Democrats on the Committee are not supportive of the bill, and offered a substitute bill as an amendment. Their bill focused on career pathways in high demand industries that lead to industry recognized credentials and postsecondary attainment. It would also expand the role of community colleges in job training. The Democrats’ amendment was voted down along party lines.

A summary of H.R. 4297 can be found here.

Nancy Conneely, Public Policy Manager

By Nancy in Legislation
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Grant Competition Focused on Advanced Manufacturing Now Open

Tuesday, June 5th, 2012

Last week the Obama administration announced a new $26 million grant competition – the Advanced Manufacturing Jobs and Innovation Accelerator Challenge – designed to support advanced manufacturing and stimulate economic growth. Proposals should show how applicants “will help grow a region’s industry clusters by strengthening connections to regional economic development opportunities and advanced manufacturing assets, enhance a region’s capacity to create high-quality sustainable jobs, develop a skilled and diverse advanced manufacturing workforce, increase exports, encourage the development of small businesses and accelerate technological innovation.”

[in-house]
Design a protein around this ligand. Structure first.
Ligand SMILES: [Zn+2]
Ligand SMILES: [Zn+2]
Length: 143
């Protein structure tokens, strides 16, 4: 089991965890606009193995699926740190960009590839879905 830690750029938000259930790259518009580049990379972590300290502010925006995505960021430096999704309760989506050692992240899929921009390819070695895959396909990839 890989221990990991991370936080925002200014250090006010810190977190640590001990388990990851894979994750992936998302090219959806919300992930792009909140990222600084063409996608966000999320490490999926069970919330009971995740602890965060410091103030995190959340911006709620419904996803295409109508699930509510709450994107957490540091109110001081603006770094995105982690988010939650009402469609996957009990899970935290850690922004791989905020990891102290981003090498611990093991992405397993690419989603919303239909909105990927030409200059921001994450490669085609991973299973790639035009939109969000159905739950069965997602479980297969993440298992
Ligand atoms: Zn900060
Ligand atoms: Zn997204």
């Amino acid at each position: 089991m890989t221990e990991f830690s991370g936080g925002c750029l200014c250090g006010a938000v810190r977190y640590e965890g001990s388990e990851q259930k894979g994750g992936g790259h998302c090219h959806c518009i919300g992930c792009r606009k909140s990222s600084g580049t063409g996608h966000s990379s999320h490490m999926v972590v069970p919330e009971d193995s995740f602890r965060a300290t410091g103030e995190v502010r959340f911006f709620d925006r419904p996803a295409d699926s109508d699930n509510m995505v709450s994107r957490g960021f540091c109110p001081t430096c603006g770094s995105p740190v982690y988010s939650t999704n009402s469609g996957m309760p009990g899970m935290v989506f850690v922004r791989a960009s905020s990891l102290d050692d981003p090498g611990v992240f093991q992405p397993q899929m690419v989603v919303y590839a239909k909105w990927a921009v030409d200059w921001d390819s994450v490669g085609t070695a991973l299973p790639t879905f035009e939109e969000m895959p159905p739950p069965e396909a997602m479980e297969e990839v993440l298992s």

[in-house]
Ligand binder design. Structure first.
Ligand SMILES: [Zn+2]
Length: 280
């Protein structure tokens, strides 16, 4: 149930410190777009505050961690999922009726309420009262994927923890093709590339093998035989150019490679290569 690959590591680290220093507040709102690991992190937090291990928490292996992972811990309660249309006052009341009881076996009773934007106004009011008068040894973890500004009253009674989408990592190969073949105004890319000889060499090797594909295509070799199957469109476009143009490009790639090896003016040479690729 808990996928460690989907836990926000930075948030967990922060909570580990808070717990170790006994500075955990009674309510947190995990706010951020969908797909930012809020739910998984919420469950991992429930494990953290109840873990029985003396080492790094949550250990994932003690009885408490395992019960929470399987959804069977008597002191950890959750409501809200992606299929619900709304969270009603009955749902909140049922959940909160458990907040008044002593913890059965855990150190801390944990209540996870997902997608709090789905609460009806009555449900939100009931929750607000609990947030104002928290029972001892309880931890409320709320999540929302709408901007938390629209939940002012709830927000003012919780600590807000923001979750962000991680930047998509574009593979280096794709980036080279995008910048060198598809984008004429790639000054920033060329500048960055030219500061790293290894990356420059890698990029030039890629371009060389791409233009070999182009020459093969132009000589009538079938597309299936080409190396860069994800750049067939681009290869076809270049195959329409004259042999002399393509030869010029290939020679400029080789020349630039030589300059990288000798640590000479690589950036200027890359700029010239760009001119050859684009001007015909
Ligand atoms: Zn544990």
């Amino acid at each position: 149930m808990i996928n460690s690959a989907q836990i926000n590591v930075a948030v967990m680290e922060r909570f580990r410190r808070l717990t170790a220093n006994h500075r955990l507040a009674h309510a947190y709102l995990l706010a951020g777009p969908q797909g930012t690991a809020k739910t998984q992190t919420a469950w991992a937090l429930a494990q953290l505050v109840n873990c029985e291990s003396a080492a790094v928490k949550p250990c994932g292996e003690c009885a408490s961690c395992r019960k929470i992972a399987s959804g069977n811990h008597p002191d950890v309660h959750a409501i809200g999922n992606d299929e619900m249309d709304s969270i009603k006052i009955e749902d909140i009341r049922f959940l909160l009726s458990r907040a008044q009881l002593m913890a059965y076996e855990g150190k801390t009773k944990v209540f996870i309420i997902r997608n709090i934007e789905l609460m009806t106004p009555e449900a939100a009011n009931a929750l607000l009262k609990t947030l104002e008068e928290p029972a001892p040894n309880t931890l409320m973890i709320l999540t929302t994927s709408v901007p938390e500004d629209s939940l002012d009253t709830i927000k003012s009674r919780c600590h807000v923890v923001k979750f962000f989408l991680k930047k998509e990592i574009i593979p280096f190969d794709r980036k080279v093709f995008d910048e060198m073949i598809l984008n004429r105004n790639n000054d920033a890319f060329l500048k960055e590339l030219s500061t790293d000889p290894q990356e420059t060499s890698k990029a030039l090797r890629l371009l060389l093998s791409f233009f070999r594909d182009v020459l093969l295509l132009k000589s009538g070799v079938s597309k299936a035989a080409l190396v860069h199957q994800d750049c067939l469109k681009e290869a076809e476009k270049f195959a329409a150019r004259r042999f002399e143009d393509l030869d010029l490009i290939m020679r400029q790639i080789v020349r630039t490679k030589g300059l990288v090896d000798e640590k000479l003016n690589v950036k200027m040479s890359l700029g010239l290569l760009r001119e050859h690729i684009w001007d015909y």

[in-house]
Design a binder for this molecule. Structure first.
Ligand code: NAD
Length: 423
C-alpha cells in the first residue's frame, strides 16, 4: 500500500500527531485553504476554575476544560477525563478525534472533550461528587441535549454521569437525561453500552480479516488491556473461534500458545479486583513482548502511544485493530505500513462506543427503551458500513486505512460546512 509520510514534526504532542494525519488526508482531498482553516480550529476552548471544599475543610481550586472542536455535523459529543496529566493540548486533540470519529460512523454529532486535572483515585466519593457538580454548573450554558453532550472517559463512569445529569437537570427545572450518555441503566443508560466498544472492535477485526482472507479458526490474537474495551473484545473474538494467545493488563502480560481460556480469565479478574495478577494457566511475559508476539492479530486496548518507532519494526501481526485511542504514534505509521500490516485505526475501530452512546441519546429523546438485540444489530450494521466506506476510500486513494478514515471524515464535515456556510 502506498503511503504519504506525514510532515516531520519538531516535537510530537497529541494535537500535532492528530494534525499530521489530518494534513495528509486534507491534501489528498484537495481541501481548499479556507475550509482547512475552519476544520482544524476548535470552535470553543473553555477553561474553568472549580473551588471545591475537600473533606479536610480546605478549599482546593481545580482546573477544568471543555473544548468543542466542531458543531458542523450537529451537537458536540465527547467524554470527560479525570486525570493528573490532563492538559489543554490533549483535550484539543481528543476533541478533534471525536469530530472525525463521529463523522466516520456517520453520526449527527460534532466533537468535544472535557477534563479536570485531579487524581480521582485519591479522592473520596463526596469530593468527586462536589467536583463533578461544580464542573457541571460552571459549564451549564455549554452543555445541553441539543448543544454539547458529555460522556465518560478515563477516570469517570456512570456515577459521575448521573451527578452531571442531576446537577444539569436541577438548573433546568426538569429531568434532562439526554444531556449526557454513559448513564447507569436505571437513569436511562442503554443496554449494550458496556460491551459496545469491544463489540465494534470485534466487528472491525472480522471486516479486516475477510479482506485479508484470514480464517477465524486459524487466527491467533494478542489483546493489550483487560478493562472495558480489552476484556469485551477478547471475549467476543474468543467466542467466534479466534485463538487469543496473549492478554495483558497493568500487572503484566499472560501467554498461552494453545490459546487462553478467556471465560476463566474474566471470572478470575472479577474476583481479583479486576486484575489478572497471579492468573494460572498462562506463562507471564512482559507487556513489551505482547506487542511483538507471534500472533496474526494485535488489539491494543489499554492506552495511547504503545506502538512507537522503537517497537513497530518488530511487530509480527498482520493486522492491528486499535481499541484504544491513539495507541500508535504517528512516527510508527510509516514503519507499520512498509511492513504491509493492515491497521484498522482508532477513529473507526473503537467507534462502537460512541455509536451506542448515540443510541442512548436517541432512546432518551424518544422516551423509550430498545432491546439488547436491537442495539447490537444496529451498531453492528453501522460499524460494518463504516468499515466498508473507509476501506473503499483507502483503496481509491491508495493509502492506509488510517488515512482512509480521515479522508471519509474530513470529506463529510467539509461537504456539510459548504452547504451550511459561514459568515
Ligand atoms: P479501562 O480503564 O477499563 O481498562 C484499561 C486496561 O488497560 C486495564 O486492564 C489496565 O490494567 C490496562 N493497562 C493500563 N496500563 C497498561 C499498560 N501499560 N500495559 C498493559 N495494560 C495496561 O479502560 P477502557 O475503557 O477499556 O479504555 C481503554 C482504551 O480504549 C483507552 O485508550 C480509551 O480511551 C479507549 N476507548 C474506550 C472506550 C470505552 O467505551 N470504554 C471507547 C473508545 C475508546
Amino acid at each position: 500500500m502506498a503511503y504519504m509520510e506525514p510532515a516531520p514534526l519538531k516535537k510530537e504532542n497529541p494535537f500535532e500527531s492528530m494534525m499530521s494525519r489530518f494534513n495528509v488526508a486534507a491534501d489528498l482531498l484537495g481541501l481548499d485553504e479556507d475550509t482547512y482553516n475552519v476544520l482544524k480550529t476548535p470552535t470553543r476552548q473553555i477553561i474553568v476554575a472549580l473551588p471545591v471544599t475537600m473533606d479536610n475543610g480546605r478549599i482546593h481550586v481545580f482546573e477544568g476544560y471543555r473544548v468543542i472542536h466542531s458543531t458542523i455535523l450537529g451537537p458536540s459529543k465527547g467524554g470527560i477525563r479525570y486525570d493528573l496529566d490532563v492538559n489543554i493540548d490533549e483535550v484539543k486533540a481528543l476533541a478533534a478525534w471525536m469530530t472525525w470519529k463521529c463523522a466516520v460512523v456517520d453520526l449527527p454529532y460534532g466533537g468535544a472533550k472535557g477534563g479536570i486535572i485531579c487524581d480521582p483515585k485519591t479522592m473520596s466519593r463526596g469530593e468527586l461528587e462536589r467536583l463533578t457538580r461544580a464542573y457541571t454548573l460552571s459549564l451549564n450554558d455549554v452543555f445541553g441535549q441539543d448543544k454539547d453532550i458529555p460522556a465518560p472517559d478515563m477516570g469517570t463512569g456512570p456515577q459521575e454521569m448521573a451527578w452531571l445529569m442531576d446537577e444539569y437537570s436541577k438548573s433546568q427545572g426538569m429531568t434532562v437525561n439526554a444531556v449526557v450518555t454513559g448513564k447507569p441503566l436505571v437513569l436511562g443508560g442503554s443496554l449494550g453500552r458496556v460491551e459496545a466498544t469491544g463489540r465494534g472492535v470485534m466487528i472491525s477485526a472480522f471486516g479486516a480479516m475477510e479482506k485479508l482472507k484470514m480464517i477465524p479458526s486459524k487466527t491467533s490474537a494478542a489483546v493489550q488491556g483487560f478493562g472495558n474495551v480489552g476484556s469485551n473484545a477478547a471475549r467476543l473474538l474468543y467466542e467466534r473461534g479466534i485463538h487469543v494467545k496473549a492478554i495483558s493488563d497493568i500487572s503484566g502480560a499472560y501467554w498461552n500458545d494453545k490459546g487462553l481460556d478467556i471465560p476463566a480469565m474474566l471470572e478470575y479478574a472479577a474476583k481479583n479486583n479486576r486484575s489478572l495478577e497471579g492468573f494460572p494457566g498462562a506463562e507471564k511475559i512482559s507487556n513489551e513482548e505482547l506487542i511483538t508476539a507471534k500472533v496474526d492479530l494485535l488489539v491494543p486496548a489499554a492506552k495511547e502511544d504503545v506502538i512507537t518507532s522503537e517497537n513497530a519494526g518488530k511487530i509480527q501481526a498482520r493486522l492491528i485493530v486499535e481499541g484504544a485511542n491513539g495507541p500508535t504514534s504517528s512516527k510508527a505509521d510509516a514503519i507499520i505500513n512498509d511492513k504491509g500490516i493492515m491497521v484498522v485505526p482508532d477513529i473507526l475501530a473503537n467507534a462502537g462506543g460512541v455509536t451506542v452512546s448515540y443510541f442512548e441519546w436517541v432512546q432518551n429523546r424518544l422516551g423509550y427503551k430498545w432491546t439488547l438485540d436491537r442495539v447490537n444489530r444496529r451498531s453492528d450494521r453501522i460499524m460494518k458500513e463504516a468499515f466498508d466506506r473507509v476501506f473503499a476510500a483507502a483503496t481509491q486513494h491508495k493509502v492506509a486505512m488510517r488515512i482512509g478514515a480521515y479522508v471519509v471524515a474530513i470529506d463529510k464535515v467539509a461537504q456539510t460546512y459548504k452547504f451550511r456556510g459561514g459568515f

The initiative is being funded by the U.S. Department of Commerce’s Economic Development Administration, the National Institute of Standards and Technology, the U.S. Department of Energy, the U.S. Department of Labor’s Employment and Training Administration, the Small Business Administration, and the National Science Foundation. It will also be supported by eight other federal agencies, including the Department of Education. According to OVAE, one goal of the competition is to engage education and training providers, such as community colleges, to ensure that individuals are prepared for new jobs in the manufacturing industry.